By: Leslie Ellis Oct 07 2013 - 12:00am

Here’s some good news from the Land of Connectors: We’re not going to have to replace all those spendy HDMI cables we’ve been buying for the last decade when the next iteration of HDTVs enters the marketplace.

That’s because of a development called HDMI 2.0 (where HDMI stands for High Definition Multimedia Interface), which aims to resolve what could’ve been a “last-foot bottleneck” for super-fat video streams like 4K HDTV.

The concern, before 2.0 surfaced, was that yet another core device in our digital lives (the television) would need a new connector and cable. Again!

If you’re in a household with an iPhone 4 and an iPhone 5, or both older and newer iPads, or an older or newer Macbook Air, you know how irritating this is. Different generations require different cables.

On the surface, HDMI 2.0 solves one in a long chain of obstacles facing 4K/UltraHD television: Available bandwidth, at the very last juncture before images and sound reach the eyeballs and ears. Meaning the cable and connector that feeds the TV.

When native 4K content becomes available (ETA: anyone’s guess), it will be substantially bigger than the best HD you’ve yet seen. Even with the best compression on the market today (H.264), 4K weighs in at 17 Megabits per second. That’s a lot.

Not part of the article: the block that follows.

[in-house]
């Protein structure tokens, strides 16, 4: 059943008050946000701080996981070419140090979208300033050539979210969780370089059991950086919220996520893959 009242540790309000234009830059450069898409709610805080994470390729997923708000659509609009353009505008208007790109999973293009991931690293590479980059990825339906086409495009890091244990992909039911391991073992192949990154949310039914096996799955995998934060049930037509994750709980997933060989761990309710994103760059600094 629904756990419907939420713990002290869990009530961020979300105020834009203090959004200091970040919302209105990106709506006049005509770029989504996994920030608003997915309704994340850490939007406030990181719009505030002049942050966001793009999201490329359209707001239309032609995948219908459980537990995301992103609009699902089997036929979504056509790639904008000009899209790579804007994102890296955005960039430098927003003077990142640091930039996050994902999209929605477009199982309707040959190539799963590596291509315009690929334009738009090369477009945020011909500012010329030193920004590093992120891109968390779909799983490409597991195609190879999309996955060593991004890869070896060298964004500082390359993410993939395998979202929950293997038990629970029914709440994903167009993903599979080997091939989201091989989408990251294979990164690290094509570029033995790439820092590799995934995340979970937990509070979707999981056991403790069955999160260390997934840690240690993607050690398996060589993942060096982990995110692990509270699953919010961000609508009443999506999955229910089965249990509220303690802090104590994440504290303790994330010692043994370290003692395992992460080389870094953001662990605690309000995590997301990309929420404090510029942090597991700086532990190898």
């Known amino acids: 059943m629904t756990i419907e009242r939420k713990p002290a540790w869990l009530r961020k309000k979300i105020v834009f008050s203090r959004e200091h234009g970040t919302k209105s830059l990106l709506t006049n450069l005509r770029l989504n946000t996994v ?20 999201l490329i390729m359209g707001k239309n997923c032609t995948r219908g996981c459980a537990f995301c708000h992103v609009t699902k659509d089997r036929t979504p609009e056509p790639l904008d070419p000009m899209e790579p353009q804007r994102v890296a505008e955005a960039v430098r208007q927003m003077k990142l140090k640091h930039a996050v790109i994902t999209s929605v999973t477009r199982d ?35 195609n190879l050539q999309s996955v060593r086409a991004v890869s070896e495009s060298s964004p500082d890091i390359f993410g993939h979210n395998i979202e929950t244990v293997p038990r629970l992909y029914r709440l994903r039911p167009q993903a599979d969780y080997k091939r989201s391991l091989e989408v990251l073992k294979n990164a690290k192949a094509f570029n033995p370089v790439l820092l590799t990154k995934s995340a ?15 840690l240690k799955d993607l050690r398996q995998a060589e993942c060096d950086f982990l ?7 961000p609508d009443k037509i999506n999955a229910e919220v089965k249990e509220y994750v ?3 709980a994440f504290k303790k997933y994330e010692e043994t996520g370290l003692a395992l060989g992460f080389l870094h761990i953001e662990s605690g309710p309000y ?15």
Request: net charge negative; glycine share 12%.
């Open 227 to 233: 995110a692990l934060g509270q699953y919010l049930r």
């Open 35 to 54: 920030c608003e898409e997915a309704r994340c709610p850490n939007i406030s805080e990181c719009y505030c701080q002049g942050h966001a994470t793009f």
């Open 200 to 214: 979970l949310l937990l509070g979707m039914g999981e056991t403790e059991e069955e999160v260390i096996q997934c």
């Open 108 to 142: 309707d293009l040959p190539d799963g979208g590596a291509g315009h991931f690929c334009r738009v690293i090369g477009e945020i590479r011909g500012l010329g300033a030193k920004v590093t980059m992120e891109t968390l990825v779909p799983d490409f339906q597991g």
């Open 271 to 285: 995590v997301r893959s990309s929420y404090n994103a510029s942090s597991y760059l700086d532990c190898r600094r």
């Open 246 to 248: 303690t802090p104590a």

HDMI 2.0 expands the connectivity bandwidth to 18 Gigabits per second, and, more importantly, increases the number of frames per second (fps) to 60. That’ll be good for sports and gamers; most movies are shot at 24 frames per second, and that’s unlikely to change.

And that bandwidth can be manipulated to serve up two lower-resolution streams, on the same screen. For when you want to watch the movie and your mate wants to play Space Biff , I suppose.

But wait, there’s more! Like way-better audio. HDMI 2.0 offers 32 audio channels, up from eight.

And now let’s talk about those things that might connect over HDMI 2.0. Right now, native 4K content is pretty limited. That’s likely to persist, at least until cameras, production trucks and workflow tools catch up.

Optical disc technologies, like Blu-ray, are also among the things in the UltraHD landscape that don’t have a big enough carrying capacity, so we won’t be getting 4K content via packaged media/ DVDs anytime soon.

What about set-top boxes, gateways, and those things in the home that deliver cable channels to TVs? Alas. They’re not likely to take a software download that bumps their HDMI connector to 2.0 status, but that’s not the end of the world. Delivering 4K will almost assuredly require new boxes anyway, because they’ll need the newer form of decompression — HEVC, for High-Efficiency Video Coding (which also goes by h.265).

Regardless, any technological development that doesn’t necessitate the purchase of new connectors, wires or chargers, is OK by me.

Stumped by gibberish? Visit Leslie Ellis at www.translation-please.com or multichannel.com/blog.